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On Friday Aug 22, out of the blue, Maurice Ravel’s masterpiece “Bolero” entered my consciousness through the Third Ear.  The impact was so powerful that I felt compelled to play it right away. I even recorded that first rudimentary version (http://wp.me/p1jFeo-OP) even though I had never played this piece before. At least not in this lifetime.

Since that time, “Bolero” has gotten under my skin like a worm, or an obsession.  I keep hearing this music during all my waking hours.

“Bolero” was even with me when I moved that 250-pound bench from one hill to another (BENCH CHALLENGE: THE DAY “MISSION IMPOSSIBLE” BECAME REALITY).   And “Bolero” was playing the entire time I was hauling yesterday the heavy coconut palm fronds (SPIKELESS COCONUT HARVEST SAVES PALMS).

“Bolero” was also the lullaby that whisked me off to sleep every night this week. And it was the first thing I heard upon waking up every morning.  Ravel’s music has evolved to the point that I could hear every quarter note of every instrument in this richly orchestrated piece, usually played by symphonies with 100 or more instruments.IMG_2208

You can see my hand-scratched notes for my own orchestration in that shot – right.  I almost never do that kind of thing. I usually just play my music and improvise every time.  The only other time I did something like that was with the “Blue Danube” in May of last year.

In short, since that fateful Friday a week ago, I have been playing nothing but “Bolero.”

Today, I asked Elizabeth if she was getting sick of hearing “Bolero” over and over ago. She said she was not, that she was enjoying the music even more the longer she listened.  Indeed, music like that tends to grow on you.

“Blue Danube” and “Bolero” – Two Peas in a Pod?

The only other time a piece of music had possessed me so completely was last May in Arizona.  That’s when Johann Strauss’ “Blue Danube” also overpowered all other musical sounds. Until I finally recorded it at the end of June in Maui [you can also see and hear the Clavinova version of it at the end of this story].

As a result, out of the 35 music videos I made last year, the “Blue Danube” ended up my “song of 2013.” And it looks like “Bolero” may end up as my “song of 2014,” even though I have already made 32 music videos to-date this year.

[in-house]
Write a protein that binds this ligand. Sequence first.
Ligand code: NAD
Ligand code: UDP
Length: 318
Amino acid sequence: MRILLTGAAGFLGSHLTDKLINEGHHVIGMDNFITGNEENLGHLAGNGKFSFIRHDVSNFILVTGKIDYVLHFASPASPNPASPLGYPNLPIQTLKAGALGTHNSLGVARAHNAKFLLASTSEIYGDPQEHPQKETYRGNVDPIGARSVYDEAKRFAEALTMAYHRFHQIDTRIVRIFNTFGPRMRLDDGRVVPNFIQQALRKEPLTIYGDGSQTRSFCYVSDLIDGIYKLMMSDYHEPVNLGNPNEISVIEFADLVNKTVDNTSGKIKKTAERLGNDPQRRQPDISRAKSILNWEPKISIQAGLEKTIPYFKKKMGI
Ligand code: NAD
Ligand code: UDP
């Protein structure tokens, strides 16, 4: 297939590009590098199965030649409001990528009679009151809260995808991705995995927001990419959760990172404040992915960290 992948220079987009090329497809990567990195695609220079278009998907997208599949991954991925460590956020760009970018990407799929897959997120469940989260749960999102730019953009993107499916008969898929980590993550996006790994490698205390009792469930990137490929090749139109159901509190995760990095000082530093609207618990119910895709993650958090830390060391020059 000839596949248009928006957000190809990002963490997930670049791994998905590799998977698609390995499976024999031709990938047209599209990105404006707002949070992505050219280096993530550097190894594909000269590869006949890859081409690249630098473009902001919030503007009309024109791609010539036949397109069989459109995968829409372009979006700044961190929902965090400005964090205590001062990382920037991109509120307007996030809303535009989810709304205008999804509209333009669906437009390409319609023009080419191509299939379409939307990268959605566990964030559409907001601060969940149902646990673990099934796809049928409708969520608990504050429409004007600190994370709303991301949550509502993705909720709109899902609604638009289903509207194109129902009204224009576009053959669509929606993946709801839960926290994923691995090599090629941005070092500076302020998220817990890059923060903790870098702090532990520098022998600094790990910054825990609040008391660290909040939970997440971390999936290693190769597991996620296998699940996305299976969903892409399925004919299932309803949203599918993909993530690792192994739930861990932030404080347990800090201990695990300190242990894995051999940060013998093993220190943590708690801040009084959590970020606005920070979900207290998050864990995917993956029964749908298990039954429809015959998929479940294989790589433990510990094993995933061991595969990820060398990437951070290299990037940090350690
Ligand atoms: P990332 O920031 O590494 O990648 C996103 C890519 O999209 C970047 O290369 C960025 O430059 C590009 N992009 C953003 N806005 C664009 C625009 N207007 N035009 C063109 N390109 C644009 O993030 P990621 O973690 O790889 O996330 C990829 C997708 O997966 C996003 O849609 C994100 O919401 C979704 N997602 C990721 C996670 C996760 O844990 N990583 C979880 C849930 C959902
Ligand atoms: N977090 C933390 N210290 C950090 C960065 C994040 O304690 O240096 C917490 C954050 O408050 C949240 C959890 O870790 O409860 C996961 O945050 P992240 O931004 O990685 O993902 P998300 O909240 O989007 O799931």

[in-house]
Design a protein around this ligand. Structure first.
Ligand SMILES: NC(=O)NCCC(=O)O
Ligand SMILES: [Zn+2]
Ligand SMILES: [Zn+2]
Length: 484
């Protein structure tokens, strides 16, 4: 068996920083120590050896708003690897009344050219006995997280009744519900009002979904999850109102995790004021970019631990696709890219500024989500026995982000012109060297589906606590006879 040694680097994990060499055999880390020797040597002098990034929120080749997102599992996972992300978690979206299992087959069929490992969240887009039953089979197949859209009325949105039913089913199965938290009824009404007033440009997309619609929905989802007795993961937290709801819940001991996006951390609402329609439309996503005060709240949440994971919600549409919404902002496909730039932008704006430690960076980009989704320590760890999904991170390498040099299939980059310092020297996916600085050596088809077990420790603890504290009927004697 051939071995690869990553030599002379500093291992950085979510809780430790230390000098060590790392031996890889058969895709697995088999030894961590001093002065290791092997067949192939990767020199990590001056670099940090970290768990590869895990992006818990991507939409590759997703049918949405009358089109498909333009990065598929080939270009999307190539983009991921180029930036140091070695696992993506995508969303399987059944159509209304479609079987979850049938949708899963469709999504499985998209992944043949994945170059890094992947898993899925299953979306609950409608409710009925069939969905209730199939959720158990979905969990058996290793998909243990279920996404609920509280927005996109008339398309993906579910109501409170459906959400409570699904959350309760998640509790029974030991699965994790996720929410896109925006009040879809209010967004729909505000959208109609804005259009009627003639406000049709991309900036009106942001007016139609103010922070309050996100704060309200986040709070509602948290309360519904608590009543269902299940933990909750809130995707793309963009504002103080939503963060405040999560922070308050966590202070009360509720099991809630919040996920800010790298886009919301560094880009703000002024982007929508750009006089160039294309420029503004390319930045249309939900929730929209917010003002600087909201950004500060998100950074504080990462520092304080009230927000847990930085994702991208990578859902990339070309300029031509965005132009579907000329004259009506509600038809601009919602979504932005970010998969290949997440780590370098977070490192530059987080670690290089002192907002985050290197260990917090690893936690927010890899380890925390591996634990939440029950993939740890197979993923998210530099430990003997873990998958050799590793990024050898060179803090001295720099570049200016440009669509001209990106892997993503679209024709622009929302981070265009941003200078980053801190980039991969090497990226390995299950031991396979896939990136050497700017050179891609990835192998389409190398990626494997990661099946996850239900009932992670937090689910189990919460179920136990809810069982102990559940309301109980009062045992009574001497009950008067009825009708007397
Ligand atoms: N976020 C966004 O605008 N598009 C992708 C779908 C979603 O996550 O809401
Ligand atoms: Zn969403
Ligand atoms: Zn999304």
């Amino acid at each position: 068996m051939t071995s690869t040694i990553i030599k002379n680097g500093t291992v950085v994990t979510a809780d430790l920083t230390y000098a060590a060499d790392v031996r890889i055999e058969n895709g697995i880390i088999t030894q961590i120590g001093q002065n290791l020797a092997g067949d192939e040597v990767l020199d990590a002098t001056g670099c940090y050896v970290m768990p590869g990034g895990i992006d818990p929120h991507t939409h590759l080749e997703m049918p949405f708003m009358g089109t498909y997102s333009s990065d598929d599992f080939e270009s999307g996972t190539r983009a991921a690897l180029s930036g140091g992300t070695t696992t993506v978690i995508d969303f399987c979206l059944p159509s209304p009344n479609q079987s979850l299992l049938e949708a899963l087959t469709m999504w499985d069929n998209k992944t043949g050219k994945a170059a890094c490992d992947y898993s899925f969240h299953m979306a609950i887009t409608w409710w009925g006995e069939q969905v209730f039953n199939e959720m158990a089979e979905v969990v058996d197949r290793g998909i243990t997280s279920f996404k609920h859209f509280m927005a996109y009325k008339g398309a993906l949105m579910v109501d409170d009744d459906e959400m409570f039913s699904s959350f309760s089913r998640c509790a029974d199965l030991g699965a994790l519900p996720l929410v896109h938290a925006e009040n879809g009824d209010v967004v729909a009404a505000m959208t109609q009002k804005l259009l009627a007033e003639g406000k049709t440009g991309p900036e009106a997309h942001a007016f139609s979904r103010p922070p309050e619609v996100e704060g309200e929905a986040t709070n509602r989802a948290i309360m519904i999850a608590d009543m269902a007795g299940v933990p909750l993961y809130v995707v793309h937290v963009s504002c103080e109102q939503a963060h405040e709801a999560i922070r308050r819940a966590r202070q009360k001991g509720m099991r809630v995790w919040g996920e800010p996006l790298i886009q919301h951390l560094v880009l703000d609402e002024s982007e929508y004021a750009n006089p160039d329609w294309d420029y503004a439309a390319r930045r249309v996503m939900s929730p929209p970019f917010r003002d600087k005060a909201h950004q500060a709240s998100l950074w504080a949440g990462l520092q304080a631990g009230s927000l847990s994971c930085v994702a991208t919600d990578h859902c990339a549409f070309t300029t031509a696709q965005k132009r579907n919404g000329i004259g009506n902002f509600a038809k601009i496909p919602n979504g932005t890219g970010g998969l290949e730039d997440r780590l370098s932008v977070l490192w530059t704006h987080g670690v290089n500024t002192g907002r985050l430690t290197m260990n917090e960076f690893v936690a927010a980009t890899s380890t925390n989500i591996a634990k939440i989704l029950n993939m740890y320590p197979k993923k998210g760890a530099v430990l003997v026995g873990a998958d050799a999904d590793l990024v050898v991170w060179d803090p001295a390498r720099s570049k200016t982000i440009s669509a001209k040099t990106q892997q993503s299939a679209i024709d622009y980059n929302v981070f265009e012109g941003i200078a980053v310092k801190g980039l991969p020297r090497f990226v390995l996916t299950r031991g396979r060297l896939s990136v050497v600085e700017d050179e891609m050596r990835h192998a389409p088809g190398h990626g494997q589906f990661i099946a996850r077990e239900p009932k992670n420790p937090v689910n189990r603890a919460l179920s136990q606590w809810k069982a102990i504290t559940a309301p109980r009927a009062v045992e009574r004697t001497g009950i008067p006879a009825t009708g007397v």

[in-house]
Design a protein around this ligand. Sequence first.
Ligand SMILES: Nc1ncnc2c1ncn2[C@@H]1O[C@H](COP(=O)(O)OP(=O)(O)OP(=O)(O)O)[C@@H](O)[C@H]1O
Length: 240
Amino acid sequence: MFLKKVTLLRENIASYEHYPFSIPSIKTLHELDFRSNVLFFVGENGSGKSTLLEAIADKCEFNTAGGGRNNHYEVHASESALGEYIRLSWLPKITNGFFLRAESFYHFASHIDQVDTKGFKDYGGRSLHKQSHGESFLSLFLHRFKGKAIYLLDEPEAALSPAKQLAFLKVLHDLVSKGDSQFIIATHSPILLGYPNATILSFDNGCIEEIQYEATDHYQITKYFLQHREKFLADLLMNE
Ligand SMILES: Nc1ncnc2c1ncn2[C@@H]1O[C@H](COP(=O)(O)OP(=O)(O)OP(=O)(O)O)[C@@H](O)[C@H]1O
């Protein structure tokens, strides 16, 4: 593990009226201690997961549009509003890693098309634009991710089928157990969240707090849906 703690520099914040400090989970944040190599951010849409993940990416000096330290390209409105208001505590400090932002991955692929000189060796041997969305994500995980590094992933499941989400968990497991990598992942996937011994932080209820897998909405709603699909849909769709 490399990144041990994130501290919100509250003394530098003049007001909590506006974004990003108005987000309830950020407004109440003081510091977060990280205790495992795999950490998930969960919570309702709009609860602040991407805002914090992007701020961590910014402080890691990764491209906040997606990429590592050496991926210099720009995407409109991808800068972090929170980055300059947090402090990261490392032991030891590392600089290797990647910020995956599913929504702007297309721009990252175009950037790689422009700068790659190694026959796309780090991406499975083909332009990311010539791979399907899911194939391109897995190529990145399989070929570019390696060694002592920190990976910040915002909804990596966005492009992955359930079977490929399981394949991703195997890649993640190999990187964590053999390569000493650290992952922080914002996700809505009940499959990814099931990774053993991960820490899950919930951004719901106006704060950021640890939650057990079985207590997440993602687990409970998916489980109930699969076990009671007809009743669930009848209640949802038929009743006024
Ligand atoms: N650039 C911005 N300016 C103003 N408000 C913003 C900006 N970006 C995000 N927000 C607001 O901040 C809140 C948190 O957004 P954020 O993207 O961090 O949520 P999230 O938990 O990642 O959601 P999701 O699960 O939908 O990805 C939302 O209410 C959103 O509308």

“Bolero” Also Helped My Music  Composition Skills

Furthermore, “Bolero” also helped me learn a wonderful feature of the Clavinova. I did not have all the sheet music for this piece. So I played some of the parts by ear. But I still wanted to be able to write down these improvisations.

I tried doing it the old “pedestrian” way – by hand. But I found out I was quite rusty. And very slow, not having written any such music in probably five decades.

So I decided to explore the Clavinova technology. And lo and behold, with the help of some Yamaha advisors, I was able to not just to have Clavinova transcribe my playing into sheet music, but was also able to actually print it. So now I have it on paper, not just in the instrument’s memory. 🙂

Bob 8-30-14

So today, I realized that the only way to loosen the grip of “Bolero” on my consciousness is to record it. To get it out of my system. And this morning, I felt I was finally ready to do it again. This time properly –  as perfect as I can make it as this stage. Which means this is a full 9-minute orchestral version – 11 variations, 2 intermezzos and a grand finale.

This recording also includes some innovations that Ravel did not write.  One of them is the use of Tibetan Singing Bowls which join the symphony orchestra in the grand finale. But there are a couple of others that connoisseurs of this masterpiece will recognize.


“Bolero” with full orchestra and Tibetan singing bowls – recorded by ALTZAR on a Clavinova at the Rainbow Shower in Maui, Hawaii – a film by Bob Altzar Djurdjevic – Aug 31, 2014

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